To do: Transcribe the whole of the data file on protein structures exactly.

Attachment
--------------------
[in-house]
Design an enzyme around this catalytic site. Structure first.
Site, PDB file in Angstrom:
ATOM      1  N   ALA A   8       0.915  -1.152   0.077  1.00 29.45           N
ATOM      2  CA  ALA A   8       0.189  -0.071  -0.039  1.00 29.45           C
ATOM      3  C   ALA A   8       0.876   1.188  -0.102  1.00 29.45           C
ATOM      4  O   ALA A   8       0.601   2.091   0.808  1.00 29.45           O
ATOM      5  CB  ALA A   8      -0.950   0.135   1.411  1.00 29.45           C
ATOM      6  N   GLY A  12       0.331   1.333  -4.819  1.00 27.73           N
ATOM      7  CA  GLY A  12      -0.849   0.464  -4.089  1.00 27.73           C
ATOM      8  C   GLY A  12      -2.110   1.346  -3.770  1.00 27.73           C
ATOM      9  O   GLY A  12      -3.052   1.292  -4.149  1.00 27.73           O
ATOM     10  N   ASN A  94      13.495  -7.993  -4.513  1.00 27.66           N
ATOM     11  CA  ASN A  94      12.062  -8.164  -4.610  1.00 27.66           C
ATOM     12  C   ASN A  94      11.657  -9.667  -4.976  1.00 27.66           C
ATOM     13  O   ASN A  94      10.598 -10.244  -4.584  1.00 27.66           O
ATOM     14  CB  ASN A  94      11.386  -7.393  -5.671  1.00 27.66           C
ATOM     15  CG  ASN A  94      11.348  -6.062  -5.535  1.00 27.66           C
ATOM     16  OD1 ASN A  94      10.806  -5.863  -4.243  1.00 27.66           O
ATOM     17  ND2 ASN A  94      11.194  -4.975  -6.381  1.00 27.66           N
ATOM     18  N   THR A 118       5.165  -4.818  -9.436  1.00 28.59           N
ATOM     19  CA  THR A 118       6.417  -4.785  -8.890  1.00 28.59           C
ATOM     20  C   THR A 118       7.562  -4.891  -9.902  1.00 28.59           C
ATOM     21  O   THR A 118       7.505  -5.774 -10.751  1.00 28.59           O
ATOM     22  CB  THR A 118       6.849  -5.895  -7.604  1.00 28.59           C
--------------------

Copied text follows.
[in-house]
Design an enzyme around this catalytic site. Structure first.
Site, PDB file in Angstrom:
ATOM      1  N   ALA A   8       0.915  -1.152   0.077  1.00 29.45           N
ATOM      2  CA  ALA A   8       0.189  -0.071  -0.039  1.00 29.45           C
ATOM      3  C   ALA A   8       0.876   1.188  -0.102  1.00 29.45           C
ATOM      4  O   ALA A   8       0.601   2.091   0.808  1.00 29.45           O
ATOM      5  CB  ALA A   8      -0.950   0.135   1.411  1.00 29.45           C
ATOM      6  N   GLY A  12       0.331   1.333  -4.819  1.00 27.73           N
ATOM      7  CA  GLY A  12      -0.849   0.464  -4.089  1.00 27.73           C
ATOM      8  C   GLY A  12      -2.110   1.346  -3.770  1.00 27.73           C
ATOM      9  O   GLY A  12      -3.052   1.292  -4.149  1.00 27.73           O
ATOM     10  N   ASN A  94      13.495  -7.993  -4.513  1.00 27.66           N
ATOM     11  CA  ASN A  94      12.062  -8.164  -4.610  1.00 27.66           C
ATOM     12  C   ASN A  94      11.657  -9.667  -4.976  1.00 27.66           C
ATOM     13  O   ASN A  94      10.598 -10.244  -4.584  1.00 27.66           O
ATOM     14  CB  ASN A  94      11.386  -7.393  -5.671  1.00 27.66           C
ATOM     15  CG  ASN A  94      11.348  -6.062  -5.535  1.00 27.66           C
ATOM     16  OD1 ASN A  94      10.806  -5.863  -4.243  1.00 27.66           O
ATOM     17  ND2 ASN A  94      11.194  -4.975  -6.381  1.00 27.66           N
ATOM     18  N   THR A 118       5.165  -4.818  -9.436  1.00 28.59           N
ATOM     19  CA  THR A 118       6.417  -4.785  -8.890  1.00 28.59           C
ATOM     20  C   THR A 118       7.562  -4.891  -9.902  1.00 28.59           C
ATOM     21  O   THR A 118       7.505  -5.774 -10.751  1.00 28.59           O
ATOM     22  CB  THR A 118       6.849  -5.895  -7.604  1.00 28.59           C